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In the early years of the Meiji Era, the elementary school course of study in toto from foreign countries, and the textbooks provided were abridgements of foreign textbooks translated into Japanese. Their contents were clearly specific and pragmatic in their original national context, but difficult to understand in Japanese translation and context.
For example, the basic elementary school textbook, Vol. 1, published in 1873, was a literal translation of a foreign textbook and the expressions so translated had little meaning in Japanese. The contents also employed illustrations that were incomprehensible to Japanese pupils.
Such Japanese translations of foreign textbooks proved to be of little value. As a result of numerous textbook studies, new textbooks suitable for Japanese schools were compiled both b3' the Ministry of Education and by private publishers. The selection of textbooks was left to the discrimination of individual schools at first, but in 1886 the system of authorization of textbooks by the Minister of Education was established. The system was intended to establish a basic minimum national standard of education for the achievement of national unification and to assist in the rapid modernization of the state.
After the Sino-Japanese War, rapid social and economic progress was made, and the growth of nationalism, coupled with the expansion of the educational system, resulted in demand for intensified central control of education. The system of governmental authorization of textbooks was superseded by a system of governmental textbook compilation, publication and prescription. The first textbooks compiled by the national government were published in 1904. Thus, all elementary schools were nationalized by prescribing the use of State-compiled textbooks, and this system continued in full effect until abolished after the end of World War . During that period, the contents of state textbooks were revised four times. These revisions were made with the intention of raising the level of the contents to meet the demands arising from social progress and at the same time for the promotion of tlae ultra-nationalistic concepts of the divinity of the Emperor, moral discipline, loyalty and filial piety (ancestor worship).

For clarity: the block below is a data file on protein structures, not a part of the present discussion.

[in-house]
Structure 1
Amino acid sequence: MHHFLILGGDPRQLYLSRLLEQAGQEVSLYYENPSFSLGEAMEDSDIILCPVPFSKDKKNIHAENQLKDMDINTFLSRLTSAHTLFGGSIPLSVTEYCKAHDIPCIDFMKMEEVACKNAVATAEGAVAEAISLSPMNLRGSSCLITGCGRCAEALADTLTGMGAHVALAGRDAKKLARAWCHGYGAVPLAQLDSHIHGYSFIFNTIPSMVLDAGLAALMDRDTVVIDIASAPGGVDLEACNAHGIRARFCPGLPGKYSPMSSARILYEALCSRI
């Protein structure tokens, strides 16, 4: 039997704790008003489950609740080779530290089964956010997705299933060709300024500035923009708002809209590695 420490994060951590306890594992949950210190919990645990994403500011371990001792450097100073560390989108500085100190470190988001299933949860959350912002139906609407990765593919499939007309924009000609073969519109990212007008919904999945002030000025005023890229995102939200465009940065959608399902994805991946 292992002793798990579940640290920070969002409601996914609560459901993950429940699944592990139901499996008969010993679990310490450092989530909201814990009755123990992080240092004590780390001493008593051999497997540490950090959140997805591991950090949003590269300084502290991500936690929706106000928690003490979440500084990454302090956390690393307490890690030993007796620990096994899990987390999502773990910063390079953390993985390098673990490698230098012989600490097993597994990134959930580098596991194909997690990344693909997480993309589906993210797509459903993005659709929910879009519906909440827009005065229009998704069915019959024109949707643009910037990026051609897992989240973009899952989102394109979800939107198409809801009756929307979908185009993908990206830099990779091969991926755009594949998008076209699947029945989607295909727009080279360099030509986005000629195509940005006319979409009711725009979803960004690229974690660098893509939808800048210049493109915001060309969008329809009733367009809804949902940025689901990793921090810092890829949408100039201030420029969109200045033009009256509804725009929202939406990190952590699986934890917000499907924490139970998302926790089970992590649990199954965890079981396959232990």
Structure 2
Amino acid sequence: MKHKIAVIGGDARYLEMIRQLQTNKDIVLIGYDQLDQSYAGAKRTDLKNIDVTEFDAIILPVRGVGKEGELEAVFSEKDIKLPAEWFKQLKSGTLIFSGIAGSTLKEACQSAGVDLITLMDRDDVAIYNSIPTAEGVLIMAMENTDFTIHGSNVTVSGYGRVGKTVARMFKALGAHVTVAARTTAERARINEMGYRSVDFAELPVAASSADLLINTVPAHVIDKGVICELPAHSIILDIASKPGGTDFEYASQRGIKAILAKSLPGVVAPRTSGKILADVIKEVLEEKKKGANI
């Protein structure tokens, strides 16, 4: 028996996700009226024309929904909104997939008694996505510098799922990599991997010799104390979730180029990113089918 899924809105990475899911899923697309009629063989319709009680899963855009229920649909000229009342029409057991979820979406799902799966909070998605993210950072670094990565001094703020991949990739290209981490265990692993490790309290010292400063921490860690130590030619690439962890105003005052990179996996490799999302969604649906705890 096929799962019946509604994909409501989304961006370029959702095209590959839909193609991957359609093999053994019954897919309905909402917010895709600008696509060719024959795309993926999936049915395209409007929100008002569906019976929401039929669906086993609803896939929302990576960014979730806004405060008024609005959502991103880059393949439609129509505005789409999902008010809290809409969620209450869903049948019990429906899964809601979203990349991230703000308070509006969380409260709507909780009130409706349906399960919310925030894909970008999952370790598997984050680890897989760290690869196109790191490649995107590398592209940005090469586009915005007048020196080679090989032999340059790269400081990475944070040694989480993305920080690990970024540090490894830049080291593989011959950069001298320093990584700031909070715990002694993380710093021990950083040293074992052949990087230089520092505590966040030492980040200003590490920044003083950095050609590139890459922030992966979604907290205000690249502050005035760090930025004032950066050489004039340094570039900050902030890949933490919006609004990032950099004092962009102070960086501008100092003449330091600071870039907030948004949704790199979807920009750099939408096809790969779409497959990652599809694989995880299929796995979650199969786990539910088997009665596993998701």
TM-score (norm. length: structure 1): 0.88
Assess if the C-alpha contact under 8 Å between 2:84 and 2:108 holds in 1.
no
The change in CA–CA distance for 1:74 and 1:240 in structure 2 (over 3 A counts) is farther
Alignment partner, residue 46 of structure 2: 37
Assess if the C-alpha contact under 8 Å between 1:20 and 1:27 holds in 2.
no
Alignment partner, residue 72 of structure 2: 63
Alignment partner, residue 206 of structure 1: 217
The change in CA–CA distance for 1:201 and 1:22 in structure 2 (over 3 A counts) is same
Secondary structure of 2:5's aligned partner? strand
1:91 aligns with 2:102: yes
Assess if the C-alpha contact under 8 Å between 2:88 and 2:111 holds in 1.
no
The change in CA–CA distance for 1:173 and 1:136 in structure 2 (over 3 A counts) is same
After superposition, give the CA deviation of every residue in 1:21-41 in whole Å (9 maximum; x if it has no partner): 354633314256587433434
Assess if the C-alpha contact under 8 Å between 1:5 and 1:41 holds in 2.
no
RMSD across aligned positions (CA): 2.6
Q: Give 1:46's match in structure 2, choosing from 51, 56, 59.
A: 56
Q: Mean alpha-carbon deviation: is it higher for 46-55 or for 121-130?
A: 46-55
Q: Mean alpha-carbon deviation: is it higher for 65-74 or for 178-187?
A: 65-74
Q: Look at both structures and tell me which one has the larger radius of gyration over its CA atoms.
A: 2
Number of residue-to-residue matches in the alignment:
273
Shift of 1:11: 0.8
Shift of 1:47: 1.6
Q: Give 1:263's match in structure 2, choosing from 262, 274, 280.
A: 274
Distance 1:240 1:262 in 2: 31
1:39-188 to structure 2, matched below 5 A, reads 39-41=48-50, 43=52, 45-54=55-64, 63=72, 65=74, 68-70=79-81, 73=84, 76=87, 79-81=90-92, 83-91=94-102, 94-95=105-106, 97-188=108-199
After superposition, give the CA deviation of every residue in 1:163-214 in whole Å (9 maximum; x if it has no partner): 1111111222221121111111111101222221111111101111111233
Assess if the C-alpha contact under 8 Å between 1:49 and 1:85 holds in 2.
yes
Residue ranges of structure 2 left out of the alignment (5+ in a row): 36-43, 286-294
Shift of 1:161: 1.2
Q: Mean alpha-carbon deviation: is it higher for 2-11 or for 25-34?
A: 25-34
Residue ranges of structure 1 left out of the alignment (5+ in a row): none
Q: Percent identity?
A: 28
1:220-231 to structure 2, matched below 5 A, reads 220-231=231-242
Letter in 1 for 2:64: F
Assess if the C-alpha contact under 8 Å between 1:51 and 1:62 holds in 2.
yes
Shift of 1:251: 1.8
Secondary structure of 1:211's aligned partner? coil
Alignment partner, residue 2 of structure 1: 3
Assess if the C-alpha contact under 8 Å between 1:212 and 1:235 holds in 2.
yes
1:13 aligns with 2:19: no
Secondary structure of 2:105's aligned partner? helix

After the war, the state textbooks used during the war were abolished and the use of textbooks authorized by the Minister of Education began in 1949.
In the days prior to the war, the contents of every subject, the contents, the level, and teaching methods were prescribed in details by the principal rules of teaching at elementary school and by the enforcement regulation of the Elementary School Act, and school teachers had to conduct their teaching in line with those those rules and regulations by using either authorized or national textbooks. Textbooks were thus indispensable teaching' materials, and major emphasis was placed in the pre-war period on systematic learning and the infusion of knowledge by means of textbooks.
After the war, teaching methods were also revised in line with education-al democratization and in accordance with the concept of individual differences in children's interests, experiences and aptitudes.
The use of audio-visual aids to supplement textbooks has been widely practiced in Japanese schools, and increasing emphasis has been placed on the value of learning from actual experiences and activities. Recent indications of positive need to improve scholastic achievement has led to a reappraisal of the value of learning from self-directed activities, and greater stress is being directed toward improving formal, systematic instruction.
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